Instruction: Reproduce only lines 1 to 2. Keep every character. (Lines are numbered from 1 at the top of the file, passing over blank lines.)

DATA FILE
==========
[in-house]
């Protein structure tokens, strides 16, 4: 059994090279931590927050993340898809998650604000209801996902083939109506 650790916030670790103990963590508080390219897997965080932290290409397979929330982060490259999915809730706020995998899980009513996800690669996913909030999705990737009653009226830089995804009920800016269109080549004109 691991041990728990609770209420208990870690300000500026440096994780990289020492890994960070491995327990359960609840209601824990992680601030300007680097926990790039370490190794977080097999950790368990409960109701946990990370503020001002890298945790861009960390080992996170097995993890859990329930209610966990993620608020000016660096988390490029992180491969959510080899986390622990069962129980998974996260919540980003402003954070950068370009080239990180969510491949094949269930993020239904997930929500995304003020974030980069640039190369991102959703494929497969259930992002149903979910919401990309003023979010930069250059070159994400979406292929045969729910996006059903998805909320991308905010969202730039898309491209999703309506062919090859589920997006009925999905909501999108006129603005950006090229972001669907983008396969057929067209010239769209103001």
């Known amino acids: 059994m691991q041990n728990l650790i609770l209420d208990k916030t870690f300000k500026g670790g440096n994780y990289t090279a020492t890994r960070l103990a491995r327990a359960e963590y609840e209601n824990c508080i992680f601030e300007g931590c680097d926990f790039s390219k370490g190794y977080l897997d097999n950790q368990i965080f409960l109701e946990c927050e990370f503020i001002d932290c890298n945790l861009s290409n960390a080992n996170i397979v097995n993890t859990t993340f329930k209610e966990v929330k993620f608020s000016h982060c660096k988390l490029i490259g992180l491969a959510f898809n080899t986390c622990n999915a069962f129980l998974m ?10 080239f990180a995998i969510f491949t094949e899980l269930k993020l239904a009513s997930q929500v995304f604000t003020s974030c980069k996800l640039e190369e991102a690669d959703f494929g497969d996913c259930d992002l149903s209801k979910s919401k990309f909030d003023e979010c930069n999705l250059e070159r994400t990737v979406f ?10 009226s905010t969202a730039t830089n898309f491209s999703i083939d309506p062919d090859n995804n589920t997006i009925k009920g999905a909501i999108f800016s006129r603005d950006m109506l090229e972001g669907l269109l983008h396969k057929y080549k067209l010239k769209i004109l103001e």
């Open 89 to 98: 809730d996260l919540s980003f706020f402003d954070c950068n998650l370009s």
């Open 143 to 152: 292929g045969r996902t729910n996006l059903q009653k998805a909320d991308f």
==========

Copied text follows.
[in-house]
């Protein structure tokens, strides 16, 4: 059994090279931590927050993340898809998650604000209801996902083939109506 650790916030670790103990963590508080390219897997965080932290290409397979929330982060490259999915809730706020995998899980009513996800690669996913909030999705990737009653009226830089995804009920800016269109080549004109 691991041990728990609770209420208990870690300000500026440096994780990289020492890994960070491995327990359960609840209601824990992680601030300007680097926990790039370490190794977080097999950790368990409960109701946990990370503020001002890298945790861009960390080992996170097995993890859990329930209610966990993620608020000016660096988390490029992180491969959510080899986390622990069962129980998974996260919540980003402003954070950068370009080239990180969510491949094949269930993020239904997930929500995304003020974030980069640039190369991102959703494929497969259930992002149903979910919401990309003023979010930069250059070159994400979406292929045969729910996006059903998805909320991308905010969202730039898309491209999703309506062919090859589920997006009925999905909501999108006129603005950006090229972001669907983008396969057929067209010239769209103001």